Jobs, energy and the environment are core aspects of the Green New Deal. As the name implies, the Green New Deal is a reflection of the depression-era New Deal that became a major jobs program during the Franklin Roosevelt Administration. Energy and environment are Siamese twins, joined at the hip by the effects of carbon emissions from energy use on climate stability, and therefore environmental protection. Climate change is the foremost threat to the environment, affecting everything from species loss to land and water deterioration. Eventually, human survival depends on environmental stability which in turn depends on climate stability.

It is almost a truism that conversion of a high-carbon economy to a low-carbon economy will involve high employment in renewable energy, building retrofits, land restoration, high-speed rail transportation and other areas that will have to change. To take one example: “Nationwide, more than 110,000 net new clean energy jobs were created in 2018, bringing the total number of Americans who work in clean energy to 3.26 million.” This is 3 times the total fossil fuel jobs in 2018. (Source:; E2 stands for Business Leaders for a Better Environment, Stronger Economy)

A low-carbon economy provides job opportunities in many ways besides renewable energy. Buildings are a major source of emissions, up to 30% of Washington State emissions. Along with electrifying buildings, a major priority of environmental groups, retrofitting existing buildings for better insulation is a major opportunity for low-skill employment. Converting HVAC systems from oil or gas to electric heat pumps is also a major source of employment of both skilled and unskilled labor. In 2018, 595,331 direct jobs were in the “Appliances” area including Energy Star appliances and high efficiency HVAC.) (Source: )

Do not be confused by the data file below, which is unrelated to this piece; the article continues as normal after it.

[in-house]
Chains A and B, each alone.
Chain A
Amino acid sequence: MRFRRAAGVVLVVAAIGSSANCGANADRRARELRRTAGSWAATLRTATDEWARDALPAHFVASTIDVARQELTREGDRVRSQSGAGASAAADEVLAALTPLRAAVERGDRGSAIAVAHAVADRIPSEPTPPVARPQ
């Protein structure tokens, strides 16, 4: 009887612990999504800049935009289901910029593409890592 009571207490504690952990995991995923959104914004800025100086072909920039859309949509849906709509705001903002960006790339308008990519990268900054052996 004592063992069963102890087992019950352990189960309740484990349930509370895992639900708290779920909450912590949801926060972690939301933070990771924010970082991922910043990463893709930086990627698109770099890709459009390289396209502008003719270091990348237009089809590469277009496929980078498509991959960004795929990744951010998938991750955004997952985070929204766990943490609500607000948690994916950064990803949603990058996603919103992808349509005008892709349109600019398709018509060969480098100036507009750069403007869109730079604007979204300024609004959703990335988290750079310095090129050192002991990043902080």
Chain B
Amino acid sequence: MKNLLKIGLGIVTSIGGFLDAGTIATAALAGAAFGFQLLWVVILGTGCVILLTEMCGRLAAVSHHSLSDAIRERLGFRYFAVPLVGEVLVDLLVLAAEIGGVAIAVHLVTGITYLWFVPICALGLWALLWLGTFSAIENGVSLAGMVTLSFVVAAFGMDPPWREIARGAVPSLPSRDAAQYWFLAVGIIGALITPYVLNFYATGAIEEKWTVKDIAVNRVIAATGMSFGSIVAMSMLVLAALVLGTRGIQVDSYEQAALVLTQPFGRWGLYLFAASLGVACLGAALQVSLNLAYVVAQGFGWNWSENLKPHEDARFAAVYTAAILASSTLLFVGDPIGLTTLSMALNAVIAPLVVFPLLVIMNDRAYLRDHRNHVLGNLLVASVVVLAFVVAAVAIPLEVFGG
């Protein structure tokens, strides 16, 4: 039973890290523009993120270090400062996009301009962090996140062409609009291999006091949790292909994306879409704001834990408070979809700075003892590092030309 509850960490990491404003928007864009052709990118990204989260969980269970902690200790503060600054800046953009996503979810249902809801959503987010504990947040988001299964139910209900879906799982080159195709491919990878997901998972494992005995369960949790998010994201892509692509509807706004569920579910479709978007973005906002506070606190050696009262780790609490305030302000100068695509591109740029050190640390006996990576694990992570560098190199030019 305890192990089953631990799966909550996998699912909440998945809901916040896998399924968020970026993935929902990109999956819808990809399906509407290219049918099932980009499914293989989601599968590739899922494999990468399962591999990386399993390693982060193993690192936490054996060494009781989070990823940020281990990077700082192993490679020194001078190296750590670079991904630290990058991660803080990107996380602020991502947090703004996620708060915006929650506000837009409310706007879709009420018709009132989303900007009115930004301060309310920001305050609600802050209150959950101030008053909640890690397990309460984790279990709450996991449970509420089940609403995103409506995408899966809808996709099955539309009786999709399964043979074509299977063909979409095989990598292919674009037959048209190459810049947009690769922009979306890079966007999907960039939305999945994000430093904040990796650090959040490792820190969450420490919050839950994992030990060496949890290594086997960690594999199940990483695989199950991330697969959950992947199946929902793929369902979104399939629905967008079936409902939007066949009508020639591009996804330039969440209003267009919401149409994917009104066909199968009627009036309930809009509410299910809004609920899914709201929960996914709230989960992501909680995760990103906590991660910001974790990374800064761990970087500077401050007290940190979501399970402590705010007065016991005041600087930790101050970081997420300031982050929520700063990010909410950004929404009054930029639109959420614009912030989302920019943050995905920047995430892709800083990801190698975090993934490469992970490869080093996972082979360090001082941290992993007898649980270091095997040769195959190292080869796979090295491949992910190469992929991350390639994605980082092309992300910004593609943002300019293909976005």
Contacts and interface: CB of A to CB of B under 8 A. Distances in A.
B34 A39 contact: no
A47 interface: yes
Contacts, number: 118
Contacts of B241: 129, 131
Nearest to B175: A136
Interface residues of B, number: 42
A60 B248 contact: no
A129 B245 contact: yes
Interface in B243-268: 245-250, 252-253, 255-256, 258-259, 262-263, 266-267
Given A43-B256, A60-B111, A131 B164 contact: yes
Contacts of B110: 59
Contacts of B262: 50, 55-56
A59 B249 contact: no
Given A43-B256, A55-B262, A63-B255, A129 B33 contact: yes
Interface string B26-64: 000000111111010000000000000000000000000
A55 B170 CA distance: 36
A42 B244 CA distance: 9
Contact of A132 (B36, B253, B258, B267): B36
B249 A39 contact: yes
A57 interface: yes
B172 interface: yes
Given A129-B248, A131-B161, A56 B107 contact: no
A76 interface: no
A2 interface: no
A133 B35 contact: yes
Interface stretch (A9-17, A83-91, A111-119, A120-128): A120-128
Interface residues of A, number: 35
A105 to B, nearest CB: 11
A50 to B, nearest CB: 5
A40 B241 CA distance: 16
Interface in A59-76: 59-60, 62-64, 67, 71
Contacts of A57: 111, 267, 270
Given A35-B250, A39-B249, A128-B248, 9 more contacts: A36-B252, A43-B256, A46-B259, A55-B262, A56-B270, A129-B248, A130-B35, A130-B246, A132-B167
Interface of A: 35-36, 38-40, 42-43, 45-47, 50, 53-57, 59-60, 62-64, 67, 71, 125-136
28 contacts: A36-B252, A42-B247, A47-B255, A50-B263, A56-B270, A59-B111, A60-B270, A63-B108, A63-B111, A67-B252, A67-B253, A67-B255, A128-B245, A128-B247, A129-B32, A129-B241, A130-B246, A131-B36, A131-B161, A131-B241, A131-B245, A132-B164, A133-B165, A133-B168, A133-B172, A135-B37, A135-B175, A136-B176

Other job growth areas include conversion of the transportation system and the electric grid. Manufacture of electric cars, trucks and buses will add new jobs, while electrification of railroads can employ many skilled workers to build locomotives and to install the catenaries. Rail corridors also provide a means of distributing renewal energies through “smart grids” that bring electricity from sunny and windy areas to cities. Building out the smart grid will require many high-skilled jobs. (source: )

Agricultural employment can also offer job opportunities. Reforestation is an area of agriculture that can employ foresters and planting crews. Forestry agriculture can provide crops grown under trees and increase sequestration of carbon. No-till agriculture and restoration of soil carbon are also areas of employment that will require training and implementation of new skills. Improvements in food transportation will result from new forms of transport, including the electrified rail and truck networks that are already under development (see ). These various areas will require job growth and retraining of agricultural workers.

In summary, the opportunities for new jobs and growth in existing employment are considerable, given the requirements for change from a high-carbon to a low-carbon economy. Growth will occur not only in renewable energy areas, which are already outpacing fossil fuel jobs, but in retrofitting buildings and new construction, and in transportation and agriculture. These are the areas where the Green New Deal and jobs reinforce each other, as the economy converts from high-carbon energy to low-carbon energy.